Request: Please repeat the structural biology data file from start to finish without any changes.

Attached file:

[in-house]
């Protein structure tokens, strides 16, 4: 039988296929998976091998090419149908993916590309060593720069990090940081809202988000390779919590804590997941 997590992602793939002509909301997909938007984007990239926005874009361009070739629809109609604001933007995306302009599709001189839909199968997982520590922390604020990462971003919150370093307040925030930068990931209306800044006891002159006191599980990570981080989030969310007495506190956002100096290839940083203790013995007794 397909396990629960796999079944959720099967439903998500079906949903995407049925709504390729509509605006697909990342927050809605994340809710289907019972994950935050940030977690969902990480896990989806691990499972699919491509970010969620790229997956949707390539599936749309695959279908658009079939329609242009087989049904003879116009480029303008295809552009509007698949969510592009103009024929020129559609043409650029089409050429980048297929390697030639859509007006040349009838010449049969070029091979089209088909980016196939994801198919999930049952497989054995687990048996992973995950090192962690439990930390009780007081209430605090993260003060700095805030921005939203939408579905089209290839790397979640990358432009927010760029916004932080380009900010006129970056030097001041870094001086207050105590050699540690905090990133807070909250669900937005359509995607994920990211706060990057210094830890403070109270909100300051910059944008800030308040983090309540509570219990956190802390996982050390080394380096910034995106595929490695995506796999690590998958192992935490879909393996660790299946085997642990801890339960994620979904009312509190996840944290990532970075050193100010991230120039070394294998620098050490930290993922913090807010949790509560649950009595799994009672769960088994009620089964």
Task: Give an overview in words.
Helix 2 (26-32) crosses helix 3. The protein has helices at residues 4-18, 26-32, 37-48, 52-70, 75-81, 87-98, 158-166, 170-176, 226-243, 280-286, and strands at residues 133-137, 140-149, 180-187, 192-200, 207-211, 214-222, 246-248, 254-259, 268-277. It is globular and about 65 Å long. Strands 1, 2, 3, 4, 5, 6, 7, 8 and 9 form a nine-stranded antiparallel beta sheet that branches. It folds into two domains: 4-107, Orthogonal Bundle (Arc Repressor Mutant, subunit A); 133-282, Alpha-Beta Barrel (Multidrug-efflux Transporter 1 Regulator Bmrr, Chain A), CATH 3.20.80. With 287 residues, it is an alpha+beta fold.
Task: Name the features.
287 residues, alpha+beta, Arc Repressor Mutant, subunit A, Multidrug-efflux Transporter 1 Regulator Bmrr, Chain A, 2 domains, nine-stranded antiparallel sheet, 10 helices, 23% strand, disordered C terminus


[in-house]
């Protein structure tokens, strides 16, 4: 039988296929998976091998090419149908993916590309060593720069990090940081809202988000390779919590804590997941 997590992602793939002509909301997909938007984007990239926005874009361009070739629809109609604001933007995306302009599709001189839909199968997982520590922390604020990462971003919150370093307040925030930068990931209306800044006891002159006191599980990570981080989030969310007495506190956002100096290839940083203790013995007794 397909396990629960796999079944959720099967439903998500079906949903995407049925709504390729509509605006697909990342927050809605994340809710289907019972994950935050940030977690969902990480896990989806691990499972699919491509970010969620790229997956949707390539599936749309695959279908658009079939329609242009087989049904003879116009480029303008295809552009509007698949969510592009103009024929020129559609043409650029089409050429980048297929390697030639859509007006040349009838010449049969070029091979089209088909980016196939994801198919999930049952497989054995687990048996992973995950090192962690439990930390009780007081209430605090993260003060700095805030921005939203939408579905089209290839790397979640990358432009927010760029916004932080380009900010006129970056030097001041870094001086207050105590050699540690905090990133807070909250669900937005359509995607994920990211706060990057210094830890403070109270909100300051910059944008800030308040983090309540509570219990956190802390996982050390080394380096910034995106595929490695995506796999690590998958192992935490879909393996660790299946085997642990801890339960994620979904009312509190996840944290990532970075050193100010991230120039070394294998620098050490930290993922913090807010949790509560649950009595799994009672769960088994009620089964």
Task: Give an overview in words.
Helix 2 (26-32) crosses helix 3. The protein has helices at residues 4-18, 26-32, 37-48, 52-70, 75-81, 87-98, 158-166, 170-176, 226-243, 280-286, and strands at residues 133-137, 140-149, 180-187, 192-200, 207-211, 214-222, 246-248, 254-259, 268-277. It is globular and about 65 Å long. Strands 1, 2, 3, 4, 5, 6, 7, 8 and 9 form a nine-stranded antiparallel beta sheet that branches. It folds into two domains: 4-107, Orthogonal Bundle (Arc Repressor Mutant, subunit A); 133-282, Alpha-Beta Barrel (Multidrug-efflux Transporter 1 Regulator Bmrr, Chain A), CATH 3.20.80. With 287 residues, it is an alpha+beta fold.
Task: Name the features.
287 residues, alpha+beta, Arc Repressor Mutant, subunit A, Multidrug-efflux Transporter 1 Regulator Bmrr, Chain A, 2 domains, nine-stranded antiparallel sheet, 10 helices, 23% strand, disordered C terminus